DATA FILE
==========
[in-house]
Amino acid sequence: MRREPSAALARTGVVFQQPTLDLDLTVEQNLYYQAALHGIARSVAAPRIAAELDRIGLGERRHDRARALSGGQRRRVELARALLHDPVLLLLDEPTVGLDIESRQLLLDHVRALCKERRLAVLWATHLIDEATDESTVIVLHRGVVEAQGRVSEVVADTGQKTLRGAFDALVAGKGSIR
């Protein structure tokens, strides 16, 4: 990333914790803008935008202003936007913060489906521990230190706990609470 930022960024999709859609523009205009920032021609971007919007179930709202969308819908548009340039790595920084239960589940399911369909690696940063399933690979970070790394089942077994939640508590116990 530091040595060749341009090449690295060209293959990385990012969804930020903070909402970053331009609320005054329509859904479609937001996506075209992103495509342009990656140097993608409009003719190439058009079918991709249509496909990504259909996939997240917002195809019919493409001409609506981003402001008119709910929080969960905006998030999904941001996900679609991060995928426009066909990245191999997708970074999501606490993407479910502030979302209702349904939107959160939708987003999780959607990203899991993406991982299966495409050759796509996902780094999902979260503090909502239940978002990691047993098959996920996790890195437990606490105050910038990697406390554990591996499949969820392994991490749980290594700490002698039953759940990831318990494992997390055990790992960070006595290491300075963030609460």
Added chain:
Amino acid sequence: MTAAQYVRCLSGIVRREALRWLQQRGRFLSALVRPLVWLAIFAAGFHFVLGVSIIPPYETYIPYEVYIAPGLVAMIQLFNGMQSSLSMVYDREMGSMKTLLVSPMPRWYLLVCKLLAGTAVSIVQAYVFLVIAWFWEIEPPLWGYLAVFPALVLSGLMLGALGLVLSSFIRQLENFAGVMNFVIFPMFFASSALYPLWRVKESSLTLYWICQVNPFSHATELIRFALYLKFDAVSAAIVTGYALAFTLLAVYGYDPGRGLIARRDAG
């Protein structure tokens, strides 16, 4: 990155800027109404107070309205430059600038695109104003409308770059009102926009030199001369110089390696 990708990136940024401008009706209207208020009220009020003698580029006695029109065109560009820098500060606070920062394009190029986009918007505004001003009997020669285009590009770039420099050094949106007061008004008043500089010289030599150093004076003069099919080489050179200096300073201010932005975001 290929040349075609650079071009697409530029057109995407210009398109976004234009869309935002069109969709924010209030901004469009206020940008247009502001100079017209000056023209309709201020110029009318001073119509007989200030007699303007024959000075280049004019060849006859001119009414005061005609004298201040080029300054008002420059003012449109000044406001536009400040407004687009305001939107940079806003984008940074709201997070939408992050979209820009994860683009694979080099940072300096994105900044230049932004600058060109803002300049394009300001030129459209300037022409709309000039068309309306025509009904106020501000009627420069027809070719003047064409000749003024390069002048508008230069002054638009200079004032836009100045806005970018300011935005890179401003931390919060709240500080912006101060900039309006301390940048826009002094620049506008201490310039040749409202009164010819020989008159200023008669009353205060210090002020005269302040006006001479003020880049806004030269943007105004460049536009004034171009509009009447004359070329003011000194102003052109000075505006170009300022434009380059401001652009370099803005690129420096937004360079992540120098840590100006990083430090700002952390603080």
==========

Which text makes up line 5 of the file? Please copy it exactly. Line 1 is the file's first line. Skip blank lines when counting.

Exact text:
Amino acid sequence: MTAAQYVRCLSGIVRREALRWLQQRGRFLSALVRPLVWLAIFAAGFHFVLGVSIIPPYETYIPYEVYIAPGLVAMIQLFNGMQSSLSMVYDREMGSMKTLLVSPMPRWYLLVCKLLAGTAVSIVQAYVFLVIAWFWEIEPPLWGYLAVFPALVLSGLMLGALGLVLSSFIRQLENFAGVMNFVIFPMFFASSALYPLWRVKESSLTLYWICQVNPFSHATELIRFALYLKFDAVSAAIVTGYALAFTLLAVYGYDPGRGLIARRDAG